By : CHOK SIM YEE
KOTA KINABALU: Eighty per cent of kidney patients die needlessly in Malaysia every year and 90 per cent of them are in Sabah, according to Dr Ali Qassem, the project chairman of a proposed haemodialysis centre.
He said there are around 1,000 patients currently undergoing dialysis treatment or in the final stage of kidney disease in Sabah.
However, many kidney patients have yet to be identified as they either do not realize they have the disease, or do not have the money to find out, and most deaths from kidney failure in Sabah occur in rural areas, he said during the launch of the proposal to set up the haemodialysis centre.
The event at Donggongon Square, Penampang was officiated by Minister of Plantation Industries and Commodities Tan Sri Bernard Giluk Dompok.
The proposed centre was initiated by the Rotary Club of Penampang District and their counterpart, Rotary Club of Johor Bahru, with Kinsabina Group offering the use of the site at Donggongon Square and also sponsoring the cost of the building, and 1CKC Development Sdn Bhd contributing RM150,000 for the procurement of dialysis equipment and facilities.
“Kidney disease is the most dangerous disease because a patient can go on for 20 years without knowing they have the disease,” Dr Ali said.
In Malaysia, based on an incidence rate of 200 new cases per million per year, there would be around 4,600 new cases every year and 80 per cent of the patients die needlessly, he said.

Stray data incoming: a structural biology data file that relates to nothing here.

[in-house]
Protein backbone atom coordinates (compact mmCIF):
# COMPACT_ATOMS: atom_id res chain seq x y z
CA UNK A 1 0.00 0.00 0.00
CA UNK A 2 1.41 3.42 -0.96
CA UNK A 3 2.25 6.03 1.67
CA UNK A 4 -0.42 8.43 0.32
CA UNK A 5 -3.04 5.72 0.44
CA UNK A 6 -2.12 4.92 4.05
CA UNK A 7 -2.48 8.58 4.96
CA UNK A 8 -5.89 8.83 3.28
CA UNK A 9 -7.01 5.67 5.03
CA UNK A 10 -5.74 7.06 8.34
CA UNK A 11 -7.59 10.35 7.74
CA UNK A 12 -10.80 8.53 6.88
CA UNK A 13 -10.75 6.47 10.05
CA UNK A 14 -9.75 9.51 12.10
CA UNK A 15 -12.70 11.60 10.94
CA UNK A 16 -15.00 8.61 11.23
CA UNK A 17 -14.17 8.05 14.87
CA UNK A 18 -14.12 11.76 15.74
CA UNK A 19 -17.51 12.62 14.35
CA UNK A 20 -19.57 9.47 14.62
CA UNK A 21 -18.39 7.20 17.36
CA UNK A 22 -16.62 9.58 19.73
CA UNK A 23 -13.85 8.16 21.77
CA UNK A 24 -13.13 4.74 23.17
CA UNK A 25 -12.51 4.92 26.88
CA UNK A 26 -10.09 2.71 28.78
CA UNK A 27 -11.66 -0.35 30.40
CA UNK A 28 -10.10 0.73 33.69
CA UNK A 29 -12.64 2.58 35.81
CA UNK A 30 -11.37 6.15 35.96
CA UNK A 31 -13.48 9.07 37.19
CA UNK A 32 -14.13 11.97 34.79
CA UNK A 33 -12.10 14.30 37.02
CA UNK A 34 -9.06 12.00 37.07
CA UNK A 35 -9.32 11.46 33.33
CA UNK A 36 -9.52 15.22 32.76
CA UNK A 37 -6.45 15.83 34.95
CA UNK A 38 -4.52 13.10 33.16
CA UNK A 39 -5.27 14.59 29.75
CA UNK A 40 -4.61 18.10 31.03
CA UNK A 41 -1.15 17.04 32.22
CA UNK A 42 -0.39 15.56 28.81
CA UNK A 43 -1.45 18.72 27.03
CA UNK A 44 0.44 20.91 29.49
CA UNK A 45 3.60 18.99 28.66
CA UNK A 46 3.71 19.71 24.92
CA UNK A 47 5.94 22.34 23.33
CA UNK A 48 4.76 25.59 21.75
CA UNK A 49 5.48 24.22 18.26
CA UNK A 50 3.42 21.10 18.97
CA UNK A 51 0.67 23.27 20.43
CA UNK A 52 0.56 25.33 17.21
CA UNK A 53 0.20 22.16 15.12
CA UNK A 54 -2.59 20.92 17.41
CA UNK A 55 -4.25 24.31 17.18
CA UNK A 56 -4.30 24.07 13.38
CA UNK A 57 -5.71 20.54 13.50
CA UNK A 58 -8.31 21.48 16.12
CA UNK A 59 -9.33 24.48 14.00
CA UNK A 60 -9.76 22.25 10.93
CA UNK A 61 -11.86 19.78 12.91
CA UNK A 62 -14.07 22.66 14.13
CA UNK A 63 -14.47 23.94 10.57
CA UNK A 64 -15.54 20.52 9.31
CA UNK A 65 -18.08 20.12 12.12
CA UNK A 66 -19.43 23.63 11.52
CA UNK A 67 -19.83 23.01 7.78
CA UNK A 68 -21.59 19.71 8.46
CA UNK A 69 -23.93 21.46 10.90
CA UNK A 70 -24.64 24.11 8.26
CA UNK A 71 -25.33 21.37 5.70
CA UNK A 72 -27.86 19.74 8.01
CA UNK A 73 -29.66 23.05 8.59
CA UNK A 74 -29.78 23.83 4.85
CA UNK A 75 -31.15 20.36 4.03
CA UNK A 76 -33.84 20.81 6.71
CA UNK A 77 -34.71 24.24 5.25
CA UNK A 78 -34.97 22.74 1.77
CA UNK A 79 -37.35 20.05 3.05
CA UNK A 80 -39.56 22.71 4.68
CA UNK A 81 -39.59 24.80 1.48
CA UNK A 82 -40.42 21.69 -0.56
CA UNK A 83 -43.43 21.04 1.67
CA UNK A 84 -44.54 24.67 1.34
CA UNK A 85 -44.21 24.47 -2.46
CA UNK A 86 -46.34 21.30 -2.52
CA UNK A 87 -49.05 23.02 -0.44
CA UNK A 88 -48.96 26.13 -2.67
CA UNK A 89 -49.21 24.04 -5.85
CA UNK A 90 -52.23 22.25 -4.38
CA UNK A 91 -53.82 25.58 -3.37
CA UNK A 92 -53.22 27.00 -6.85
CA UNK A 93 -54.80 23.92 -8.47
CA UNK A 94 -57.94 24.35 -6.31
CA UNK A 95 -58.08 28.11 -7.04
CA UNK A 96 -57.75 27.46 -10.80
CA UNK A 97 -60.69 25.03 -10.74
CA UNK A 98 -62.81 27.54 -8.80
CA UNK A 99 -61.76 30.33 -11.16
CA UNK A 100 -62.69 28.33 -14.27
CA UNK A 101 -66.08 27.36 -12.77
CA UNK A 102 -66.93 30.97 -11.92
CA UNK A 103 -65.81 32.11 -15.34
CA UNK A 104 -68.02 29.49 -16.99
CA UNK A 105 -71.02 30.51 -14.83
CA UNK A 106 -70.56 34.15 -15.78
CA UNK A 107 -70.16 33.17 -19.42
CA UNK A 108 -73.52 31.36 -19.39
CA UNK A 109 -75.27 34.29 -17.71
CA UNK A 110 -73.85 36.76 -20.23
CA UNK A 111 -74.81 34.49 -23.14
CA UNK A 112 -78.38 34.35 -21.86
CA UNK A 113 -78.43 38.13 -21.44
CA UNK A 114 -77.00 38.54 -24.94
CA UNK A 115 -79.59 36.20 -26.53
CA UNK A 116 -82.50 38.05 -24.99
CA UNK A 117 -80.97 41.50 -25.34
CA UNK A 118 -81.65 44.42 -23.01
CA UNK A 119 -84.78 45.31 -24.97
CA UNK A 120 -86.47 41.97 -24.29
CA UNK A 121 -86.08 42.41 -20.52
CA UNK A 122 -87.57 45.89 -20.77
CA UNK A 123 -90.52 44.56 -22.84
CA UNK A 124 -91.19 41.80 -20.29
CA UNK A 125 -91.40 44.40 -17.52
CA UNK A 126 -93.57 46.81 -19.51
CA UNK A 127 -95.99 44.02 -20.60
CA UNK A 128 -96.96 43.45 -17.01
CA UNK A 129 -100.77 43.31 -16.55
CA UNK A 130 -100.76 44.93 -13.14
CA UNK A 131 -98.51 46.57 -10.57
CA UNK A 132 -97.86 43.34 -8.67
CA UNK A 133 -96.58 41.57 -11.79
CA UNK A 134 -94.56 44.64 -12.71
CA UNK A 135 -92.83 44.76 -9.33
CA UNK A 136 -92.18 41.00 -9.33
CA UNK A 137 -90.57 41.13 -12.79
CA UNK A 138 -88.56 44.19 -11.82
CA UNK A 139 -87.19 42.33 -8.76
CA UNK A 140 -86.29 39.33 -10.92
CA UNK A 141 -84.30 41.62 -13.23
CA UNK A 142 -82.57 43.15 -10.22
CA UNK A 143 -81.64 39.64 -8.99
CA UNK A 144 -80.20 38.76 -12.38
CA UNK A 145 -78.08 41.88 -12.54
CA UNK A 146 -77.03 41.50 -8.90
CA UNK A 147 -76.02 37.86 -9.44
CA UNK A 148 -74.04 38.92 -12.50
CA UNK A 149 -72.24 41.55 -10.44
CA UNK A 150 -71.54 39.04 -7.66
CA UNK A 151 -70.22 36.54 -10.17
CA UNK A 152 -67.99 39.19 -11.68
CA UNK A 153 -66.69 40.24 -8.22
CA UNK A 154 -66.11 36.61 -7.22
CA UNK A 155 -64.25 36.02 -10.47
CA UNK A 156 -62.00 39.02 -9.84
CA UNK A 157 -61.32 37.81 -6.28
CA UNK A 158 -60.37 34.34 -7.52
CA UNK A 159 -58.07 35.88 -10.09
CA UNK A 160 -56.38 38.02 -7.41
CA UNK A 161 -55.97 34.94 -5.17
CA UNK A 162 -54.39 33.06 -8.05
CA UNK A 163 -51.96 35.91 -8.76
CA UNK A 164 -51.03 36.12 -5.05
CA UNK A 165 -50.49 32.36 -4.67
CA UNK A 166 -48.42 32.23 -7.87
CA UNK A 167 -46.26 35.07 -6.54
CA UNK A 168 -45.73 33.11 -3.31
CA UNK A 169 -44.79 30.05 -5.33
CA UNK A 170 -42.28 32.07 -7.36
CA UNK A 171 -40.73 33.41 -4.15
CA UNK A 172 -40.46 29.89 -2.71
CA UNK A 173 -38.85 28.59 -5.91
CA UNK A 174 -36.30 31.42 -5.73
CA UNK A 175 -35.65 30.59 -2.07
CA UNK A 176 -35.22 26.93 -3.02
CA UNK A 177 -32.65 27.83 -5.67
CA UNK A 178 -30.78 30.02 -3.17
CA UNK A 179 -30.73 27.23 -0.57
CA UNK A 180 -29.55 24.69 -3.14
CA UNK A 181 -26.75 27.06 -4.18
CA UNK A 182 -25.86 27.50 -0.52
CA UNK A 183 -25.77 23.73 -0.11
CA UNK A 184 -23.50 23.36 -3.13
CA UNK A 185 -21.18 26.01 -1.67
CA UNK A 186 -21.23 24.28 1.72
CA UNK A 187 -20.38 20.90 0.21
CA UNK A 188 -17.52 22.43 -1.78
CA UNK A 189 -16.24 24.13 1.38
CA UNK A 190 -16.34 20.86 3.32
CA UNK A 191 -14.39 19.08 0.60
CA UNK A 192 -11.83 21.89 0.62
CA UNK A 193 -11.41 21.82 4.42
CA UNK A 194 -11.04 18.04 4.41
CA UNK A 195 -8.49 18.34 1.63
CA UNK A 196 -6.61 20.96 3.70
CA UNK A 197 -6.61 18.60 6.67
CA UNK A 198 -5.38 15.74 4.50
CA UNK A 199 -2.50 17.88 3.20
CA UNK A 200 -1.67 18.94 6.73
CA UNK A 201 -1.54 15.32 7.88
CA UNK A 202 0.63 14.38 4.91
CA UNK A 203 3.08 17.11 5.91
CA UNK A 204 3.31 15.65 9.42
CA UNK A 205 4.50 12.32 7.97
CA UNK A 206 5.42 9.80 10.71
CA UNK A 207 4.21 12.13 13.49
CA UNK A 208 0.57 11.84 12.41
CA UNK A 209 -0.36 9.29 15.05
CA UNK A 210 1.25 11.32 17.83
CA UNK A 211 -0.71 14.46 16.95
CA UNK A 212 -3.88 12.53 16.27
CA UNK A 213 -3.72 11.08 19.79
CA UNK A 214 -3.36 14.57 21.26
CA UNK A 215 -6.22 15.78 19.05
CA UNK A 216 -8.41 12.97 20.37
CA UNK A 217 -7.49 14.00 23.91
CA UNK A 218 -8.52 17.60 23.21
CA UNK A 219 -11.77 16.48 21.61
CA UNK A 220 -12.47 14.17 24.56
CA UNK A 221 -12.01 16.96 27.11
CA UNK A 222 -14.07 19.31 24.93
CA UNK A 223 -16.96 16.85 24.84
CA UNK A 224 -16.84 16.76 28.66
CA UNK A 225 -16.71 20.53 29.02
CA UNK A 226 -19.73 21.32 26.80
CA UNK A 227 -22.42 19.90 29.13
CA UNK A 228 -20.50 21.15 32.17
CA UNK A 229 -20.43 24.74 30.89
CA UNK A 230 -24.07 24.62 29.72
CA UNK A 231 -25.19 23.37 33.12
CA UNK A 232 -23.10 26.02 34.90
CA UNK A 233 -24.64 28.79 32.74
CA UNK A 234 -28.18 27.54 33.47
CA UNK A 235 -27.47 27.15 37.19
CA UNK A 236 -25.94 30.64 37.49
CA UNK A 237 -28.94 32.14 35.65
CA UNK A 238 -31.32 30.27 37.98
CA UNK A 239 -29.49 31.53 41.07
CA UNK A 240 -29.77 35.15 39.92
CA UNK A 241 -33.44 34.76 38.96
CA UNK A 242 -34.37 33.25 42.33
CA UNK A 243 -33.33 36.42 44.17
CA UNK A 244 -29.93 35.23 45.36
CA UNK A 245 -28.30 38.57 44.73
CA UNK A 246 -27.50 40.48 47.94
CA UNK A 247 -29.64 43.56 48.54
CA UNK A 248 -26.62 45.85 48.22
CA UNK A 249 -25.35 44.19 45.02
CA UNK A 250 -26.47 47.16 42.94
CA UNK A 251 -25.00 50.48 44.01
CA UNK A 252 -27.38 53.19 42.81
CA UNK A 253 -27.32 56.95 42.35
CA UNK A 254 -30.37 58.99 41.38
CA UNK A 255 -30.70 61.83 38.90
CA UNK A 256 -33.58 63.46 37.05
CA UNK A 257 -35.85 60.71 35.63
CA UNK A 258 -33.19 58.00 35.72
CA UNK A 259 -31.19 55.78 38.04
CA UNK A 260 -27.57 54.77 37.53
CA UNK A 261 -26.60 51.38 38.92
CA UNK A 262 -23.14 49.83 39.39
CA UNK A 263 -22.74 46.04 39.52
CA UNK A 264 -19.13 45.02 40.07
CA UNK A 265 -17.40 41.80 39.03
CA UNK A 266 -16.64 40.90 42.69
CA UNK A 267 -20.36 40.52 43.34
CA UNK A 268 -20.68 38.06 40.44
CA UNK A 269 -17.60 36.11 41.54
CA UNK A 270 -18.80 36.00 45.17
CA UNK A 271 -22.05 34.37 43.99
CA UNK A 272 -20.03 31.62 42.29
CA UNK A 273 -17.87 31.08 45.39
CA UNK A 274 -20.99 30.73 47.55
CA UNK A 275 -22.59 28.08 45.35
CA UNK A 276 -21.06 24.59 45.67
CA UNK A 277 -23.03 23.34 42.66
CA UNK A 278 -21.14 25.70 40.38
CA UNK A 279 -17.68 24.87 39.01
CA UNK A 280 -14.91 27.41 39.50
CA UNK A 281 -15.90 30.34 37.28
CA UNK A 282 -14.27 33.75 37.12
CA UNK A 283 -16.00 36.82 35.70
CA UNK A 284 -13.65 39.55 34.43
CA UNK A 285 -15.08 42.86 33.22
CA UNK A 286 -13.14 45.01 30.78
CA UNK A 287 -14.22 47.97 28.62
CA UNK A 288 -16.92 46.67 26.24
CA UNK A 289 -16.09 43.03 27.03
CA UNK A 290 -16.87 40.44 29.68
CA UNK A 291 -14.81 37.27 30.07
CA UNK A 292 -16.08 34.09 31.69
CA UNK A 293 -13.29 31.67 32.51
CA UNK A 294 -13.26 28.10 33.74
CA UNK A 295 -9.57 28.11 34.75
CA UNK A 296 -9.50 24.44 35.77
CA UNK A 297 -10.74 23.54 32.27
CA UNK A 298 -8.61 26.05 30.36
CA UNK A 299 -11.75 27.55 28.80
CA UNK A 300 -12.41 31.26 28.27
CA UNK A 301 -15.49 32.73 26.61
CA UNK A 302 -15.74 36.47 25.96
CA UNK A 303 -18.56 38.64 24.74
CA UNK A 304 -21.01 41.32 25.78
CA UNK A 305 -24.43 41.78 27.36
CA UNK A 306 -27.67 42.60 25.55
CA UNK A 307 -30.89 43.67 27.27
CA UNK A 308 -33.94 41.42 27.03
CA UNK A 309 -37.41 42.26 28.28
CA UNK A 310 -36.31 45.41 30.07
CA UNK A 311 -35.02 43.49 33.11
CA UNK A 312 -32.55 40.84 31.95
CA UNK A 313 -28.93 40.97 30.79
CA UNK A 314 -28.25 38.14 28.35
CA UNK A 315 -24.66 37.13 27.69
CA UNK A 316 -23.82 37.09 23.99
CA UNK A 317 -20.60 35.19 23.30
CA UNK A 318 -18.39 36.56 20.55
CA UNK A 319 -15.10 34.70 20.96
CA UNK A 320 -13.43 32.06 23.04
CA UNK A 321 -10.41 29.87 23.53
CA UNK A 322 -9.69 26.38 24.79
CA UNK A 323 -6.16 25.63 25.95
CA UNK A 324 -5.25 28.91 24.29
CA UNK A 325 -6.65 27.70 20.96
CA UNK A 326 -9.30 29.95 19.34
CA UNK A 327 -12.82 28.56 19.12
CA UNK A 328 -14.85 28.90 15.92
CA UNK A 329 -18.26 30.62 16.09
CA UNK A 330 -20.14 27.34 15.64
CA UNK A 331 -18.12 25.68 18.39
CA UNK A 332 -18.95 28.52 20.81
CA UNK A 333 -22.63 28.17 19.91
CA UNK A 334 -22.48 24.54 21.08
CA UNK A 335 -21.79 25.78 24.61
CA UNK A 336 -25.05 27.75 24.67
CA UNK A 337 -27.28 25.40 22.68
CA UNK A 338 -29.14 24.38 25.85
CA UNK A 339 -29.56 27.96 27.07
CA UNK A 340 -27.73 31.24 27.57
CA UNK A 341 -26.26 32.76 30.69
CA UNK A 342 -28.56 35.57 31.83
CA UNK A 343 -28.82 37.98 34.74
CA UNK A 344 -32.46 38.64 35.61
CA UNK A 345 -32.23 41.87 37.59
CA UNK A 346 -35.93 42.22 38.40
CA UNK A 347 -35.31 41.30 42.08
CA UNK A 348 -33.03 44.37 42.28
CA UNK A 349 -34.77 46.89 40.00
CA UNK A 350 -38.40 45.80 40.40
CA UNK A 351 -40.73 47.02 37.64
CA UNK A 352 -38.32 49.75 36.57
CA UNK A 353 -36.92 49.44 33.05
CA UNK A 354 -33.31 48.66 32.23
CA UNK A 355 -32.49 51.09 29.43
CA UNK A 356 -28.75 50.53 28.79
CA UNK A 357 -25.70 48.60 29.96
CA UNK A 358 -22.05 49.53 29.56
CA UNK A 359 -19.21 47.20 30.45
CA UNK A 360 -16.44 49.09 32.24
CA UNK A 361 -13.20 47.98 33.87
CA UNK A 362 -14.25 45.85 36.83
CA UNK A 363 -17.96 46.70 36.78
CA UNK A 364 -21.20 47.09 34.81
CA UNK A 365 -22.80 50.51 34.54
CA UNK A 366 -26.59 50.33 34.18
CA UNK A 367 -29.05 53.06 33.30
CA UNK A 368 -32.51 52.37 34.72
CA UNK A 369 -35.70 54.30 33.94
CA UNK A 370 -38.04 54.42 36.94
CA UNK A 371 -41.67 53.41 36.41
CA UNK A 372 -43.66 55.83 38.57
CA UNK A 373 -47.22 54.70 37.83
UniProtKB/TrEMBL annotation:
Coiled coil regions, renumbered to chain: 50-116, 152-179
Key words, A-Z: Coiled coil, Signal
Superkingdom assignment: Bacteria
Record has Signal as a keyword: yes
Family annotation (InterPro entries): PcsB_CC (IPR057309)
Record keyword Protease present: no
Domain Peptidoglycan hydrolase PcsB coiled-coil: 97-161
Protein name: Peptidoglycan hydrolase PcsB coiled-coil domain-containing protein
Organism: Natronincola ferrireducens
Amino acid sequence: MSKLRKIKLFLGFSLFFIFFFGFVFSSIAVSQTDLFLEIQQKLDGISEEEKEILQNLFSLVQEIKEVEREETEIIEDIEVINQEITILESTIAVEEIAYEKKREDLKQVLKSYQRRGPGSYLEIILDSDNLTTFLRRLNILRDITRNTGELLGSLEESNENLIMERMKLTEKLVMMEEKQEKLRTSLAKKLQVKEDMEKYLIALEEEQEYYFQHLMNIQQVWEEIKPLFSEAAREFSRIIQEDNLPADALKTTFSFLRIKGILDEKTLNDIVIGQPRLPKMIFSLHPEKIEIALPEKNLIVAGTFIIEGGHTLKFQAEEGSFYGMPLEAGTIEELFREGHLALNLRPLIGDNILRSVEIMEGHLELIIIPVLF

“In addition, the number of dialysis patients in Malaysia has tripled in 10 years from 7,837 in 2001 to 23,000 in 2010.”
Dr Ali said the average dialysis acceptance rate in year 2010 was 160 per million population (pmp).
“In Kuala Lumpur it was 272 pmp dialysis treatment, 199 in Johor, 114 in Sarawak, 81 in Sabah and 75 in Perlis.
“The patient’s chances of survival depend on where he or she lives,” he said.
Currently there are 11 haemodialysis centres in Sabah, including one at Queen Elizabeth Hospital and Sabah Women & Children’s in Likas.
“Five are operated by non-governmental organizations (NGOs) and four by private organizations,” he said.
Dr Ali said there are around 157 haemodialysis machines in Sabah but that is not enough to cope with the number of patients.
“Compared to the known number of patients in Kota Kinabalu, these machines are not enough to treat all of them, let alone the unknown patients and those who cannot afford to pay the treatment costs.
“Hence, there is a need to establish this haemodialysis centre and make dialysis treatment affordable,” he said.
Also present at the ceremony were Penampang district officer William Sampil, Rotary International District Govenor 3310 Zainie Abdul Aucasa and organizing chairman of the launching ceremony Gerald Goh.